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The optical surface of the Sun (the photosphere) is known to have a temperature of approximately 6,000 K. Above it lies the solar corona at a temperature of 1,000,000 K. The high temperature of the corona shows that it is heated by something other than direct heat conduction from the photosphere.
It is thought that the energy necessary to heat the corona is provided by turbulent motion in the convection zone below the photosphere, and two main mechanisms have been proposed to explain coronal heating. The first is wave heating, in which sound, gravitational and magnetohydrodynamic waves are produced by turbulence in the convection zone. These waves travel upward and dissipate in the corona, depositing their energy in the ambient gas in the form of heat. The other is magnetic heating, in which magnetic energy is continuously built up by photospheric motion and released through magnetic reconnection in the form of large solar flares and myriad similar but smaller events.
Currently, it is unclear whether waves are an efficient heating mechanism. All waves except Alfvén waves have been found to dissipate or refract before reaching the corona. In addition, Alfvén waves do not easily dissipate in the corona. Current research focus has therefore shifted towards flare heating mechanisms. One possible candidate to explain coronal heating is continuous flaring at small scales, but this remains an open topic of investigation.
An Alfvén wave in a plasma is a low-frequency traveling oscillation of the ions and the magnetic field (by low frequency we mean that the wave frequency is well below the ion cyclotron frequency). The ion mass density provides the inertia and the magnetic field line tension provides the restoring force.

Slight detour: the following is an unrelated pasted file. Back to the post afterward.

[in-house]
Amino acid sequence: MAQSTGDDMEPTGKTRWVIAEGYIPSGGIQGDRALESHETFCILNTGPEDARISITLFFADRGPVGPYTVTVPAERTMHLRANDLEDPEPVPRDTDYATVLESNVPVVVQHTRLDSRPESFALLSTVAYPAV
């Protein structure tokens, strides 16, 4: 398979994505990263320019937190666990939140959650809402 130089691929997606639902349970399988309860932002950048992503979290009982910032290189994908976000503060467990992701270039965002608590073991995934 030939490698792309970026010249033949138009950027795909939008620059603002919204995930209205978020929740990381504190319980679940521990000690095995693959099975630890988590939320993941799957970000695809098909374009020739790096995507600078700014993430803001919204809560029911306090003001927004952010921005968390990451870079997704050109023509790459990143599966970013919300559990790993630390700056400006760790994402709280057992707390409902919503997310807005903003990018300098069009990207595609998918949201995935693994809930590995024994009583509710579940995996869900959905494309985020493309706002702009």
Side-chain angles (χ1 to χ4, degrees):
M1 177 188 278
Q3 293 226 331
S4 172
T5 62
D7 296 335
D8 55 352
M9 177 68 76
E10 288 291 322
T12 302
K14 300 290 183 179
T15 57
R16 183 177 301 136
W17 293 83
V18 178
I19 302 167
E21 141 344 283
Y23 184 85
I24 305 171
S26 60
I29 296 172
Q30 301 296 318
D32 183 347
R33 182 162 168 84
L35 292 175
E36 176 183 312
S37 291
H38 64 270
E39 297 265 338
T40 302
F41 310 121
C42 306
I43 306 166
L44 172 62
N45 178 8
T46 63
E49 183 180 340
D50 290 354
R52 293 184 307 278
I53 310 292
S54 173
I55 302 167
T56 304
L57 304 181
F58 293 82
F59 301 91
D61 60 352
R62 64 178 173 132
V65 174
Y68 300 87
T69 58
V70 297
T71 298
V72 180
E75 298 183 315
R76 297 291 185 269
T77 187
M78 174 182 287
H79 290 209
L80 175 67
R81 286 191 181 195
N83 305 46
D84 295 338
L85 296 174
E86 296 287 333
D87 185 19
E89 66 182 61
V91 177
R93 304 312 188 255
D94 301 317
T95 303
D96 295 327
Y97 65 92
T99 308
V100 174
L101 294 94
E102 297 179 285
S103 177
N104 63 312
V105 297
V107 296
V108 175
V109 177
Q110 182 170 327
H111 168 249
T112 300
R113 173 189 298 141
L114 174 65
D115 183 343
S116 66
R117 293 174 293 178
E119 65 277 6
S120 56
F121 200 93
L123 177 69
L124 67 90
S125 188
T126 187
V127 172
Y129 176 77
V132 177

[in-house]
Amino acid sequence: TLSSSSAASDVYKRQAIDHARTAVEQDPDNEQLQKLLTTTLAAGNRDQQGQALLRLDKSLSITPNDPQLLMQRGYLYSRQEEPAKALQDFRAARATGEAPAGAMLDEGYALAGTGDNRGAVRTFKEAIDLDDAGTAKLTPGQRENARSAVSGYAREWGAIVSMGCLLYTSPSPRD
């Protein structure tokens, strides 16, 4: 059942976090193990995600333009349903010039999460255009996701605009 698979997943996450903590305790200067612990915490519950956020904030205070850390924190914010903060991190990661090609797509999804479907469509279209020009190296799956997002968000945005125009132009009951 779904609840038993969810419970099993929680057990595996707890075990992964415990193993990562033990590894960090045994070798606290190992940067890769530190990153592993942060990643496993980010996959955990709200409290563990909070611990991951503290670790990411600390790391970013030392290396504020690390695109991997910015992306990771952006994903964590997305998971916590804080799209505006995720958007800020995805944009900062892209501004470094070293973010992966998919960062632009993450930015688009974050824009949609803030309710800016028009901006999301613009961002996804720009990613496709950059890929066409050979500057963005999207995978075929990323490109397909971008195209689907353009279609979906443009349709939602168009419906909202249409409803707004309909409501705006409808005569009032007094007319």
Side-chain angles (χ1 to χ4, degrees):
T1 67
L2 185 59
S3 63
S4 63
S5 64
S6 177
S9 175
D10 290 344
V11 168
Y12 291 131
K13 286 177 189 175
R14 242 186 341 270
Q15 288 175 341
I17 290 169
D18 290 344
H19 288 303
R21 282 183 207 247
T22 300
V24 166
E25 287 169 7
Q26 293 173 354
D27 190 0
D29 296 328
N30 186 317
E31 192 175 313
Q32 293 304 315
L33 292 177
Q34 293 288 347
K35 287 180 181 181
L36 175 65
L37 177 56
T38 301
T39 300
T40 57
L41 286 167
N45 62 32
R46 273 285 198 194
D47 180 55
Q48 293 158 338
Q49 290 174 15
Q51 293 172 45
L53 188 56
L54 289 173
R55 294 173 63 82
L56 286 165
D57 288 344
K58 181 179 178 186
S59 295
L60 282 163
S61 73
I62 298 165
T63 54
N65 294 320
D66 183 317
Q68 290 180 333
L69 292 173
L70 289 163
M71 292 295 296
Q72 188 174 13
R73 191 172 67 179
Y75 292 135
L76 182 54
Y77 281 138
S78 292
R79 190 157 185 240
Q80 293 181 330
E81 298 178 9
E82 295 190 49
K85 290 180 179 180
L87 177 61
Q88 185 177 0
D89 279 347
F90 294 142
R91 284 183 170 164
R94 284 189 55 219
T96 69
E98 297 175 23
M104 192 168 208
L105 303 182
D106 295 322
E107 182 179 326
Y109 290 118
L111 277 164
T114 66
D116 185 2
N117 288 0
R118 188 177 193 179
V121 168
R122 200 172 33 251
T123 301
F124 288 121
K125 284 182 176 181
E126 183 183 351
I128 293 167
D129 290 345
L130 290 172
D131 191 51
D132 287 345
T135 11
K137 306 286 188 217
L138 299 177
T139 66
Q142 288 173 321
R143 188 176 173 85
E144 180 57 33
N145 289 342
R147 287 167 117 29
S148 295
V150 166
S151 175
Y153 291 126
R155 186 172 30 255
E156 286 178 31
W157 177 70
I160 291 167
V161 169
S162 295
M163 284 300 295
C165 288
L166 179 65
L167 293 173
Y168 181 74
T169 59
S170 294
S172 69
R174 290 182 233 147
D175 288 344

The wave propagates in the direction of the magnetic field, although waves exist at oblique incidence and smoothly change into the magnetosonic wave when the propagation is perpendicular to the magnetic field.
The motion of the ions and the perturbation of the magnetic field are in the same direction and transverse to the direction of propagation. The wave is dispersionless.
Originally posted by Trams
reply to post by SevenThunders
We will probably never be sure if were right about how the universe works. I mean whos there to check us? Anyway, I always felt like something is missing, when I am learning something new about space. Like what I am hearing is not the whole truth. There is so many things that need to be discovered about the physics of the universe.
“Rather than learning how to think scientifically, students are generally being told about science and asked to remember facts.” “Their science teachers failed to make it clear that science fundamentally depends on evidence that can be logically and independently verified; instead, they taught science as if it were a form of revealed truth from scientists.” This attitude carries over into the way scientists report their findings and the supine attitude of the media.
Originally posted by eightpoundworld
[SNIP]. Did you know that There are scientists in erope working on plasma fushon? And when they are done they will reach heats over the heat of the son. at least that is what they say. who knows what will happen, maybe we'll all die in a tradic chain reaction. check it out on www.nationalgeographic.com